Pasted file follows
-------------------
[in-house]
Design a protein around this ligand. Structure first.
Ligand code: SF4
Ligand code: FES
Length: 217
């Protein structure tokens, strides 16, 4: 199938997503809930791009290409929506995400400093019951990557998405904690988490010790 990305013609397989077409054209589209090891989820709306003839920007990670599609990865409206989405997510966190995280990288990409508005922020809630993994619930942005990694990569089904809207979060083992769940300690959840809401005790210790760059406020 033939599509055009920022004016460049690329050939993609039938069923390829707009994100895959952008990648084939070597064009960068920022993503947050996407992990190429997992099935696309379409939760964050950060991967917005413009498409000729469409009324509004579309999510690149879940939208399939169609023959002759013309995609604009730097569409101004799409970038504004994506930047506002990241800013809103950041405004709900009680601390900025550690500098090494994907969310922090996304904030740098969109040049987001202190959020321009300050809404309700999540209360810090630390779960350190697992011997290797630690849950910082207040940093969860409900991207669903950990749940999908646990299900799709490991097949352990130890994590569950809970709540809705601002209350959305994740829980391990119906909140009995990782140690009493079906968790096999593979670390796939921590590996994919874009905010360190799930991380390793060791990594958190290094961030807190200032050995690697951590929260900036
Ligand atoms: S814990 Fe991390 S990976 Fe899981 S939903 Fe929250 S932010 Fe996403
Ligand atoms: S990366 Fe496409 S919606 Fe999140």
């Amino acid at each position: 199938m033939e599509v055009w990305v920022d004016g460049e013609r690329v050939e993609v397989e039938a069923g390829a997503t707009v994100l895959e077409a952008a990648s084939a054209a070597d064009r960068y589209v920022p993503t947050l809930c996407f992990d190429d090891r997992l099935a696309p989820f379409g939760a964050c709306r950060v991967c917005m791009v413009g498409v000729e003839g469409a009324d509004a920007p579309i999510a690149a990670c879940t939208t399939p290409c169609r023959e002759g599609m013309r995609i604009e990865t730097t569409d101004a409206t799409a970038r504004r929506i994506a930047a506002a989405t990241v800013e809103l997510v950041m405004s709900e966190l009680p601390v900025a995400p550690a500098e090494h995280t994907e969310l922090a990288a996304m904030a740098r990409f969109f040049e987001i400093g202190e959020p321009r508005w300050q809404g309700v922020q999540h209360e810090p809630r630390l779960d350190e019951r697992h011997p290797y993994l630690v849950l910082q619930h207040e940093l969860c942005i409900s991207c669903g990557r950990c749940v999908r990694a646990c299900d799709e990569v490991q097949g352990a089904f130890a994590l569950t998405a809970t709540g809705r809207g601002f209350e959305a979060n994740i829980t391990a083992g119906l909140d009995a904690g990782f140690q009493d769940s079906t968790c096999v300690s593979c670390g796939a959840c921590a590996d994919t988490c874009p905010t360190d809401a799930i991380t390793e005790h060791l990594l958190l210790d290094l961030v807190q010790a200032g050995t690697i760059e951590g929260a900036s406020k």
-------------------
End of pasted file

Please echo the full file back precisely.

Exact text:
[in-house]
Design a protein around this ligand. Structure first.
Ligand code: SF4
Ligand code: FES
Length: 217
């Protein structure tokens, strides 16, 4: 199938997503809930791009290409929506995400400093019951990557998405904690988490010790 990305013609397989077409054209589209090891989820709306003839920007990670599609990865409206989405997510966190995280990288990409508005922020809630993994619930942005990694990569089904809207979060083992769940300690959840809401005790210790760059406020 033939599509055009920022004016460049690329050939993609039938069923390829707009994100895959952008990648084939070597064009960068920022993503947050996407992990190429997992099935696309379409939760964050950060991967917005413009498409000729469409009324509004579309999510690149879940939208399939169609023959002759013309995609604009730097569409101004799409970038504004994506930047506002990241800013809103950041405004709900009680601390900025550690500098090494994907969310922090996304904030740098969109040049987001202190959020321009300050809404309700999540209360810090630390779960350190697992011997290797630690849950910082207040940093969860409900991207669903950990749940999908646990299900799709490991097949352990130890994590569950809970709540809705601002209350959305994740829980391990119906909140009995990782140690009493079906968790096999593979670390796939921590590996994919874009905010360190799930991380390793060791990594958190290094961030807190200032050995690697951590929260900036
Ligand atoms: S814990 Fe991390 S990976 Fe899981 S939903 Fe929250 S932010 Fe996403
Ligand atoms: S990366 Fe496409 S919606 Fe999140």
């Amino acid at each position: 199938m033939e599509v055009w990305v920022d004016g460049e013609r690329v050939e993609v397989e039938a069923g390829a997503t707009v994100l895959e077409a952008a990648s084939a054209a070597d064009r960068y589209v920022p993503t947050l809930c996407f992990d190429d090891r997992l099935a696309p989820f379409g939760a964050c709306r950060v991967c917005m791009v413009g498409v000729e003839g469409a009324d509004a920007p579309i999510a690149a990670c879940t939208t399939p290409c169609r023959e002759g599609m013309r995609i604009e990865t730097t569409d101004a409206t799409a970038r504004r929506i994506a930047a506002a989405t990241v800013e809103l997510v950041m405004s709900e966190l009680p601390v900025a995400p550690a500098e090494h995280t994907e969310l922090a990288a996304m904030a740098r990409f969109f040049e987001i400093g202190e959020p321009r508005w300050q809404g309700v922020q999540h209360e810090p809630r630390l779960d350190e019951r697992h011997p290797y993994l630690v849950l910082q619930h207040e940093l969860c942005i409900s991207c669903g990557r950990c749940v999908r990694a646990c299900d799709e990569v490991q097949g352990a089904f130890a994590l569950t998405a809970t709540g809705r809207g601002f209350e959305a979060n994740i829980t391990a083992g119906l909140d009995a904690g990782f140690q009493d769940s079906t968790c096999v300690s593979c670390g796939a959840c921590a590996d994919t988490c874009p905010t360190d809401a799930i991380t390793e005790h060791l990594l958190l210790d290094l961030v807190q010790a200032g050995t690697i760059e951590g929260a900036s406020k």